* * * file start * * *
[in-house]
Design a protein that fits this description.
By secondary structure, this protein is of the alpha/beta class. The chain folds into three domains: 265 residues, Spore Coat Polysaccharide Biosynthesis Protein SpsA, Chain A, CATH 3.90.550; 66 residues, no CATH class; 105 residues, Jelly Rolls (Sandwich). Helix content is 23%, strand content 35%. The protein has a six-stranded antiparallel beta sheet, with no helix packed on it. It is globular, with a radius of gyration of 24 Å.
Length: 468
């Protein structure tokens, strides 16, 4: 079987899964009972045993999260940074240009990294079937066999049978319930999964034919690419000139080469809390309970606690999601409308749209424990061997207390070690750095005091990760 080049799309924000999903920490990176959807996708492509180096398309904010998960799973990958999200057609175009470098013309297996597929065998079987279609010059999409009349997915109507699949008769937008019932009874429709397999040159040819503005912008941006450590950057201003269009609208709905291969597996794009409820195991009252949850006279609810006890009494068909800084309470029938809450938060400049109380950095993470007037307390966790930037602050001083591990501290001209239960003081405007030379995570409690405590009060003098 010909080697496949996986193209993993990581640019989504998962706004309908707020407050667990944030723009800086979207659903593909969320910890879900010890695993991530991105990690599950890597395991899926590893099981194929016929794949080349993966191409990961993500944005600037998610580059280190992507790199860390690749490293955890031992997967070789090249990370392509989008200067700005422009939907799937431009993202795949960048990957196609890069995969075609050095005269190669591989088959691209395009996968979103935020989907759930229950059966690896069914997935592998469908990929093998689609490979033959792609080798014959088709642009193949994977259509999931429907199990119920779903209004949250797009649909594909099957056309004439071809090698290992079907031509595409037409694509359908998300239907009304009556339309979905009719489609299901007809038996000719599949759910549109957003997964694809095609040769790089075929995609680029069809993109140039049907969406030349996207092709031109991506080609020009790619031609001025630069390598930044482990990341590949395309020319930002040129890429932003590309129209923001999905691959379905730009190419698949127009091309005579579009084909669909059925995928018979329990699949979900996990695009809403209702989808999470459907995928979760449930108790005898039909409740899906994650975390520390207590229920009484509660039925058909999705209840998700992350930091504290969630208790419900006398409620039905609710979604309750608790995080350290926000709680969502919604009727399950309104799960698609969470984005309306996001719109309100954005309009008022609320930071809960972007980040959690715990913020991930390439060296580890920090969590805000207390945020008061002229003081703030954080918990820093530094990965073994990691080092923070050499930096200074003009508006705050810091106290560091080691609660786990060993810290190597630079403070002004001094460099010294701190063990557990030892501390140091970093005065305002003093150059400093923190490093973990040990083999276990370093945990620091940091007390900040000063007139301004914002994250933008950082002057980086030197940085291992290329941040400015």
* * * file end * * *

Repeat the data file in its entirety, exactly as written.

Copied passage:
[in-house]
Design a protein that fits this description.
By secondary structure, this protein is of the alpha/beta class. The chain folds into three domains: 265 residues, Spore Coat Polysaccharide Biosynthesis Protein SpsA, Chain A, CATH 3.90.550; 66 residues, no CATH class; 105 residues, Jelly Rolls (Sandwich). Helix content is 23%, strand content 35%. The protein has a six-stranded antiparallel beta sheet, with no helix packed on it. It is globular, with a radius of gyration of 24 Å.
Length: 468
């Protein structure tokens, strides 16, 4: 079987899964009972045993999260940074240009990294079937066999049978319930999964034919690419000139080469809390309970606690999601409308749209424990061997207390070690750095005091990760 080049799309924000999903920490990176959807996708492509180096398309904010998960799973990958999200057609175009470098013309297996597929065998079987279609010059999409009349997915109507699949008769937008019932009874429709397999040159040819503005912008941006450590950057201003269009609208709905291969597996794009409820195991009252949850006279609810006890009494068909800084309470029938809450938060400049109380950095993470007037307390966790930037602050001083591990501290001209239960003081405007030379995570409690405590009060003098 010909080697496949996986193209993993990581640019989504998962706004309908707020407050667990944030723009800086979207659903593909969320910890879900010890695993991530991105990690599950890597395991899926590893099981194929016929794949080349993966191409990961993500944005600037998610580059280190992507790199860390690749490293955890031992997967070789090249990370392509989008200067700005422009939907799937431009993202795949960048990957196609890069995969075609050095005269190669591989088959691209395009996968979103935020989907759930229950059966690896069914997935592998469908990929093998689609490979033959792609080798014959088709642009193949994977259509999931429907199990119920779903209004949250797009649909594909099957056309004439071809090698290992079907031509595409037409694509359908998300239907009304009556339309979905009719489609299901007809038996000719599949759910549109957003997964694809095609040769790089075929995609680029069809993109140039049907969406030349996207092709031109991506080609020009790619031609001025630069390598930044482990990341590949395309020319930002040129890429932003590309129209923001999905691959379905730009190419698949127009091309005579579009084909669909059925995928018979329990699949979900996990695009809403209702989808999470459907995928979760449930108790005898039909409740899906994650975390520390207590229920009484509660039925058909999705209840998700992350930091504290969630208790419900006398409620039905609710979604309750608790995080350290926000709680969502919604009727399950309104799960698609969470984005309306996001719109309100954005309009008022609320930071809960972007980040959690715990913020991930390439060296580890920090969590805000207390945020008061002229003081703030954080918990820093530094990965073994990691080092923070050499930096200074003009508006705050810091106290560091080691609660786990060993810290190597630079403070002004001094460099010294701190063990557990030892501390140091970093005065305002003093150059400093923190490093973990040990083999276990370093945990620091940091007390900040000063007139301004914002994250933008950082002057980086030197940085291992290329941040400015």